The UK’s data protection watchdog has warned against businesses using “immature” technology to measure biometrics, saying the risks currently outweigh the benefits.
Emotional analysis technologies process data such as gaze tracking, facial movements, heartbeats, facial expressions and skin moisture.
Financial services firms often use this technology in their facial recognition practices to verify identities through comparing photo IDs and a selfie.
Some airports, too, use the tech to streamline passenger journeys through facial recognition at check-in, self-service bag drops and boarding gates.
“Developments in the biometrics and emotion AI market are immature. They may not work yet, or indeed ever,” deputy commissioner of the Information Commissioner’s Office (ICO), Stephen Bonner, said today.
“While there are opportunities present, the risks are currently greater.
“We are concerned that incorrect analysis of data could result in assumptions and judgements about a person that are inaccurate and lead to discrimination.”
The ICO is due to publish fresh guidance on the use of biometric technology in Spring 2023.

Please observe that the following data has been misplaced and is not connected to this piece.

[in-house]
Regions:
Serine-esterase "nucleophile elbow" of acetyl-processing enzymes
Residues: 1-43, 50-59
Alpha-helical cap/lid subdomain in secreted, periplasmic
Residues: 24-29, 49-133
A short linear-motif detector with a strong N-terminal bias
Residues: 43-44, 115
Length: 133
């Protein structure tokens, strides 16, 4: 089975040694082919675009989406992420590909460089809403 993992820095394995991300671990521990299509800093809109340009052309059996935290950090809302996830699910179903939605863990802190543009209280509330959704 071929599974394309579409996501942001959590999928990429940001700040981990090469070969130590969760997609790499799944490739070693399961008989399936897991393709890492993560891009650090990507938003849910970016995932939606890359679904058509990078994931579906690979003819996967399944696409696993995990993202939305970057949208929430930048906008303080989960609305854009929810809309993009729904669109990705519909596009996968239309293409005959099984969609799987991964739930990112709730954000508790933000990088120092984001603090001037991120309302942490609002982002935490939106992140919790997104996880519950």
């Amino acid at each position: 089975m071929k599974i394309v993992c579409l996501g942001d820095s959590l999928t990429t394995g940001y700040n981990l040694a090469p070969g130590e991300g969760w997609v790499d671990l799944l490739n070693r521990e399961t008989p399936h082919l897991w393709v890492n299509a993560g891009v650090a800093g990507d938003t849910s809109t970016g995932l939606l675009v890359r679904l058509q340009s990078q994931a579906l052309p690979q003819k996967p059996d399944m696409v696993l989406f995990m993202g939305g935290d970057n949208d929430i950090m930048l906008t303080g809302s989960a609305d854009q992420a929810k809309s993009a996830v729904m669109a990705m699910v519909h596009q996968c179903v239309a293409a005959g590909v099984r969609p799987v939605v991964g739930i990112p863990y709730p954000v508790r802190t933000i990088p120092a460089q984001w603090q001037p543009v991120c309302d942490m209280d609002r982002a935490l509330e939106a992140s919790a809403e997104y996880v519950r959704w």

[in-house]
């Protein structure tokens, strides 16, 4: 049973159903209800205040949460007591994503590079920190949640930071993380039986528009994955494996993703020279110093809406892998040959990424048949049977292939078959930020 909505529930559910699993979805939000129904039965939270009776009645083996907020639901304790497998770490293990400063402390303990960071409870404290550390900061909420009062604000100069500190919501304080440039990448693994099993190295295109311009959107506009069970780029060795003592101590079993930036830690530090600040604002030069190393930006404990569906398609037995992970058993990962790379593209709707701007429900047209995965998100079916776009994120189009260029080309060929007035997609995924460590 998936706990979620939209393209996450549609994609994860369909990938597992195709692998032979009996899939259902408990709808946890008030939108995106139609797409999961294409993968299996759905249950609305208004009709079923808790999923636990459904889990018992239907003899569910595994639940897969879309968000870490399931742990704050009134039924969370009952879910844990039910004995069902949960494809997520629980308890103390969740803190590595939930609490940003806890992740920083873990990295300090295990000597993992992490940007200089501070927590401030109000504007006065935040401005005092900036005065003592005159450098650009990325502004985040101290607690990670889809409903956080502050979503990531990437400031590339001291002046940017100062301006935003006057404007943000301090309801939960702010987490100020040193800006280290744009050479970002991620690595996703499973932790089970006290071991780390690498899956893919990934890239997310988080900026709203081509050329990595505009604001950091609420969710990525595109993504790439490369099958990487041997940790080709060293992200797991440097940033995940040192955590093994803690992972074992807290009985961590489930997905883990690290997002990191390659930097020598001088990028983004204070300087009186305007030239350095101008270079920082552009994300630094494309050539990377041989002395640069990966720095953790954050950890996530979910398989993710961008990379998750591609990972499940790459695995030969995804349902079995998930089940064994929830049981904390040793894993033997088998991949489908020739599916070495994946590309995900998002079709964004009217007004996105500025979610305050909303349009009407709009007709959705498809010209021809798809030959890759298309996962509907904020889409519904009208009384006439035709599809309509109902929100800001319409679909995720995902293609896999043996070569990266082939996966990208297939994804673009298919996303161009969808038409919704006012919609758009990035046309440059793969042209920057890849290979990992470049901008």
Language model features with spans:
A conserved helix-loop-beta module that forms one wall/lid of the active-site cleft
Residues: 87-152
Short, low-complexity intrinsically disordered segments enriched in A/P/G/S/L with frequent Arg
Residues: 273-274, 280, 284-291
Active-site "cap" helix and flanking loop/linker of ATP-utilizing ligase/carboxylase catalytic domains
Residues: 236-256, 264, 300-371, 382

Organisations that fail to act responsibly or pose risks to vulnerable people will be investigated, the watchdog said.
Last week, the government’s Science and Technology Committee launched an inquiry into artificial intelligence (AI) in a bid to regulate it as the tech becomes an increasingly appealing avenue for businesses.
“AI is already transforming almost every area of research and business. It has extraordinary potential but there are concerns about how the existing regulatory system is suited to a world of AI,” chair of the Science and Technology Committee, Greg Clark, said at the time.
“With machines making more and more decisions that impact people’s lives, it is crucial we have effective regulation in place. In our inquiry we look forward to examining the government’s proposals in detail.”
The Committee is expected to publish its proposals on how to tackle AI regulation in a White Paper later this year.